Making an impact in Honduras through economic and community development

By Charlene Bearden,  District 5360 District Executive Secretary

494_654781924_4I had the opportunity to go to Honduras with Steve Rickard from the Rotary Club of Calgary West, Wally Gardiner from the Rotary Club of High River, and Jim Louttit from the Rotary Club of Toronto-Sunrise, all of whom are instrumental in the Honduras Economic Community Development (HECD), a microfinance project implemented by the Rotary Action Group for Microfinance and Community Development (RAGM) in collaboration with the District 5360 Microcredit Task Force.

The groups worked with the Rotary Club of Real de Minas Tegucigalpa, Opportunity International Canada (OIC) and their operating partner in Honduras, Instituto para el Desarrollo Hondureño (IDH), to provide microfinance services in the region.

During my visit to Honduras, I got to see the great impact the project has had on the community and the people. A small loan makes such a big difference, both for the original loan recipient and by sparking ideas and initiatives amongst family and friends. As a result, spin off economies develop and often the people close to the loan recipient sign up for loans themselves.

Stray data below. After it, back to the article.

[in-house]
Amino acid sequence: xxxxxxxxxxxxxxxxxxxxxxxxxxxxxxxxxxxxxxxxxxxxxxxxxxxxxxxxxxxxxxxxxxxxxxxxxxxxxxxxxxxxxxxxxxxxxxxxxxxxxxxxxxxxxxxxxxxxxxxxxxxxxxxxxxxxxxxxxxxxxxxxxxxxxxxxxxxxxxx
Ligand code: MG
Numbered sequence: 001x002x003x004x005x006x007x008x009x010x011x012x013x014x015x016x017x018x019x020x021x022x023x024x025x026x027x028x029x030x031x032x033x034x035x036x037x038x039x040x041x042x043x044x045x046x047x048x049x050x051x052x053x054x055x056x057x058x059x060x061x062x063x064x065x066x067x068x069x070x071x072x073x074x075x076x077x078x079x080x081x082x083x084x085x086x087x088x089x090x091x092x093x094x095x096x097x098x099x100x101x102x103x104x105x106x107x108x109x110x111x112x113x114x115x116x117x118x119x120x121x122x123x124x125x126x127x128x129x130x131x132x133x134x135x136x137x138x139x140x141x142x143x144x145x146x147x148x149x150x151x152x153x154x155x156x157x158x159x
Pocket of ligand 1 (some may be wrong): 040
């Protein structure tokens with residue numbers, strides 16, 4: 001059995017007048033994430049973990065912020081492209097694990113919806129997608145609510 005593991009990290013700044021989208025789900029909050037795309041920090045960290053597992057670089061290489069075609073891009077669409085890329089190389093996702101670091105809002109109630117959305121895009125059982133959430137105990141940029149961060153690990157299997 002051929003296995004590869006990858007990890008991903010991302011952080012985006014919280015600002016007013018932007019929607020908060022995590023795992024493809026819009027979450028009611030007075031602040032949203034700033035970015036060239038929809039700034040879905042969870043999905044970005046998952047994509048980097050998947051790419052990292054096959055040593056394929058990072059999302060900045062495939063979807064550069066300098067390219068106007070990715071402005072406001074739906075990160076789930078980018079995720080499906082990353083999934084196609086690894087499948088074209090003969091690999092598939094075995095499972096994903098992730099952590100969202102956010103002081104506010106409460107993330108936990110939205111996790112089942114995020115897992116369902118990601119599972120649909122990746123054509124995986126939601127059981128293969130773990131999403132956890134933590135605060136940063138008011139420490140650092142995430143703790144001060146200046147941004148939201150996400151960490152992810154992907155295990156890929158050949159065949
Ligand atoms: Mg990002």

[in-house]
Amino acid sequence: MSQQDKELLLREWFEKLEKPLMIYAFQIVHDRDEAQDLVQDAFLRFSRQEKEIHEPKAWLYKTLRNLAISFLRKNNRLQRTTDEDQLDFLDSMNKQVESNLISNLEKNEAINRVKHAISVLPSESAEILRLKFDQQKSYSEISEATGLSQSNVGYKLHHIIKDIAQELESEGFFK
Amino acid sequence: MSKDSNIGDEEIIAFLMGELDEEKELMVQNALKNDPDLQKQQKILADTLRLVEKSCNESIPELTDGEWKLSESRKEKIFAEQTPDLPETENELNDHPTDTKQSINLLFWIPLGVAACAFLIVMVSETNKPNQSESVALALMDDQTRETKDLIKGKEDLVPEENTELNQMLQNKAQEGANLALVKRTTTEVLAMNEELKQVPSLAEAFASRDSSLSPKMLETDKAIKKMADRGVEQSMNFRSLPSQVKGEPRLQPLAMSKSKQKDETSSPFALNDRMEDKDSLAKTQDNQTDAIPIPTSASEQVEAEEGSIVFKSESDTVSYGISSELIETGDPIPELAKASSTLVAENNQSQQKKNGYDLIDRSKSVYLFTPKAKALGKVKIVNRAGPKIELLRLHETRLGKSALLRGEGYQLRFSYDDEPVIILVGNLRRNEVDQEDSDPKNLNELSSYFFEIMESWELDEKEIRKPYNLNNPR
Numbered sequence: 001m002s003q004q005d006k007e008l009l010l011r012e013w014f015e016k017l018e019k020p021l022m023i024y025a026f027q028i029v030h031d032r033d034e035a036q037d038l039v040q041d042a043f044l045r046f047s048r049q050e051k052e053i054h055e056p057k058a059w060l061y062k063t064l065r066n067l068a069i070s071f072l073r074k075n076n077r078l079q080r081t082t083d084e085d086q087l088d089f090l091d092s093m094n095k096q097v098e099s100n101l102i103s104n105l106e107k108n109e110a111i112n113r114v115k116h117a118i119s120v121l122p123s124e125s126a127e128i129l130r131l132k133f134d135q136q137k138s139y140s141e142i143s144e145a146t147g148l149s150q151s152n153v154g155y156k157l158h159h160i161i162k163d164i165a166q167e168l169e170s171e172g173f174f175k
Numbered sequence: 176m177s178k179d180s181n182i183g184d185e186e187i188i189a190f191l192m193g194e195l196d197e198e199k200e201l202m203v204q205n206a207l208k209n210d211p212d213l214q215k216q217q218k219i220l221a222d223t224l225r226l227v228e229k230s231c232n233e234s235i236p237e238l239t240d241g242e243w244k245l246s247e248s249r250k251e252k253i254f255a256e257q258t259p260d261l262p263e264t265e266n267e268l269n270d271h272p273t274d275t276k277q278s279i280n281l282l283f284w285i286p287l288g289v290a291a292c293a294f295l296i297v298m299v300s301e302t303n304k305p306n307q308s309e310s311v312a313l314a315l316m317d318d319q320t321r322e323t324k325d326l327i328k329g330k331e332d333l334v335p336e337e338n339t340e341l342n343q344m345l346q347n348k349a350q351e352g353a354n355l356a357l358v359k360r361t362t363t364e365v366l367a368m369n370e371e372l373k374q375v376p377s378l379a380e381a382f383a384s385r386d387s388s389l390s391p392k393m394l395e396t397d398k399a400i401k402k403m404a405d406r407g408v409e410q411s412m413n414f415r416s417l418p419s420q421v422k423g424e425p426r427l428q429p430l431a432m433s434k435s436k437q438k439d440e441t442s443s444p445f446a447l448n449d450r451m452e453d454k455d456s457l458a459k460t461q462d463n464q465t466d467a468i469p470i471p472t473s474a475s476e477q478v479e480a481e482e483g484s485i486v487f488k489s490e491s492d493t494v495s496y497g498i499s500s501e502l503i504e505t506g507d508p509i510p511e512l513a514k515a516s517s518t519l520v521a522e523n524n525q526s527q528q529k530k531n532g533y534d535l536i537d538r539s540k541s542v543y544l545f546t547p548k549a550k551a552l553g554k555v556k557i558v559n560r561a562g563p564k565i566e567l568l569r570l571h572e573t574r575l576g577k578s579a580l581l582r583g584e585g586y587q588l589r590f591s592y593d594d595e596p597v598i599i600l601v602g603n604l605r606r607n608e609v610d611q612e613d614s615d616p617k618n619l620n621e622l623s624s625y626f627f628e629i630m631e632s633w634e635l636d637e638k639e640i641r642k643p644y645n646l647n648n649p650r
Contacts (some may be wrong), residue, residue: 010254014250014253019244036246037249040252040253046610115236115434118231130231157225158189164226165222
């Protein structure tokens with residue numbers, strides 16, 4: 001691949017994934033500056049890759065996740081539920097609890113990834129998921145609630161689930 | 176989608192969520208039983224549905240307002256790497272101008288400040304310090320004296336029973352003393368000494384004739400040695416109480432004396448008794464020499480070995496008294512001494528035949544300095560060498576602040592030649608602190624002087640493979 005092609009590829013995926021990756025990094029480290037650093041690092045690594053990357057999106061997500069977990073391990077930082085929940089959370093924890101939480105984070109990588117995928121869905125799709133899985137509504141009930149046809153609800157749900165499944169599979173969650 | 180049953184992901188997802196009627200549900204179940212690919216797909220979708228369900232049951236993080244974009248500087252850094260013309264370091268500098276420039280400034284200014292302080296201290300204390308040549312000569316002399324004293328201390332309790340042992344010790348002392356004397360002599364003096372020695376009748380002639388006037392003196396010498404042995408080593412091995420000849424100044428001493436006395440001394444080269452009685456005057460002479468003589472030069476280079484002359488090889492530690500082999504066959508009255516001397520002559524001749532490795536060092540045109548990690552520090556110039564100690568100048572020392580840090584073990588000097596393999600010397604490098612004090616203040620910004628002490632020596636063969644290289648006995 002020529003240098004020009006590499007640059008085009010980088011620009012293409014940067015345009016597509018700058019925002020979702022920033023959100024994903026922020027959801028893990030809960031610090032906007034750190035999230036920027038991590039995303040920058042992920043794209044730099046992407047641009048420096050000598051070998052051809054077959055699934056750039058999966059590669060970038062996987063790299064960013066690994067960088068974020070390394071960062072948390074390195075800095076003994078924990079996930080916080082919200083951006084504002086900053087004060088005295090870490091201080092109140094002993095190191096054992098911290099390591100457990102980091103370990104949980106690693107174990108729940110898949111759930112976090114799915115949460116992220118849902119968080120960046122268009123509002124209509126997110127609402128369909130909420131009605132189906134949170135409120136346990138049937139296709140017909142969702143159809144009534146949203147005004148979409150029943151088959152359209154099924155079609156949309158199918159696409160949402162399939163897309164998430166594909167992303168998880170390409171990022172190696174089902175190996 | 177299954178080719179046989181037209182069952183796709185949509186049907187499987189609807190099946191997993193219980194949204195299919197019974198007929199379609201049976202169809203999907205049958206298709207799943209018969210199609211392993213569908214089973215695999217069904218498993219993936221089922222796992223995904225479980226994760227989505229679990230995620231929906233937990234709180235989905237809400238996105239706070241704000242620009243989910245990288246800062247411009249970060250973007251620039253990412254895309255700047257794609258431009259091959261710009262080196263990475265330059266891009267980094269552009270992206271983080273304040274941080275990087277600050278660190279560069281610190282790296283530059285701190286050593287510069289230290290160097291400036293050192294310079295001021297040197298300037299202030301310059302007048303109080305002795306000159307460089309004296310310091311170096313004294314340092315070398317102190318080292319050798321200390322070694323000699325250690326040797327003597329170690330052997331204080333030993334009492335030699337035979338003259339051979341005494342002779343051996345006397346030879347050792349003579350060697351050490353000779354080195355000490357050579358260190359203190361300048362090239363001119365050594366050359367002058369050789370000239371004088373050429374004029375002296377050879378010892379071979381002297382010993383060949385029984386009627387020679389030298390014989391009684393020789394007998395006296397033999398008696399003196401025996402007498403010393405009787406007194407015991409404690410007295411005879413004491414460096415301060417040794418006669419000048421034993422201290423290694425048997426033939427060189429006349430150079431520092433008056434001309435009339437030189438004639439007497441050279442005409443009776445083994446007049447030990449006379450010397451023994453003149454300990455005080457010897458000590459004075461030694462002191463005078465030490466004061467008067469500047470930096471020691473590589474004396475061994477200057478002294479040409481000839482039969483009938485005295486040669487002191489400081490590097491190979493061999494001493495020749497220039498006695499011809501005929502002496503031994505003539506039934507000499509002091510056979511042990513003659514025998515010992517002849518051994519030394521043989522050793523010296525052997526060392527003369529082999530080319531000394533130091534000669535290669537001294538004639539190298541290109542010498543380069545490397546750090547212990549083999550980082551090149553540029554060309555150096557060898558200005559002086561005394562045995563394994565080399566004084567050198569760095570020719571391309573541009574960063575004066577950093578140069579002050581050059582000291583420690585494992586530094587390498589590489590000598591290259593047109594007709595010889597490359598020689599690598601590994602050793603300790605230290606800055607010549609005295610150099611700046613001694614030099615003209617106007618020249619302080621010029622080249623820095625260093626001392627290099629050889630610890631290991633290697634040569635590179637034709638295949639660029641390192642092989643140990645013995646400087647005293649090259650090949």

There are more than 8,000 beneficiaries from the HECD program! One of the projects we visited was a shoemaking business where I met Milton, who was able to acquire raw materials and shoe molds through the loan program.  Another beneficiary, German, was able to repair his moto-taxi. Martha, who makes the best tortillas, was able to increase raw material supplies so she could expand into wholesale selling.

I also met Marvin, who spends hours in the open sun baking bricks with his brother. A loan allowed them to erect a lean-to so they could continue working during the rainy season. The loan was used to stockpile raw materials and increase production. Marvin has contracts to supply his bricks wholesale and is now making environmental clay ovens for export; the clay ovens produce better heat, burn less wood and burn cleaner than similar stoves.

To actually witness the impact my district is making is something I will always carry with me. I’m inspired by all Rotarians who do humanitarian work at home and throughout the world, by every project you take on and by every person you touch.

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The Rotarian Action Group for Microfinance and Community Development (RAGM) is a group of Rotarians whose purpose is to provide global leadership to assist clubs and districts in effective Microfinance and Community Development programs. Contact the group for assistance with your economic and community development projects.

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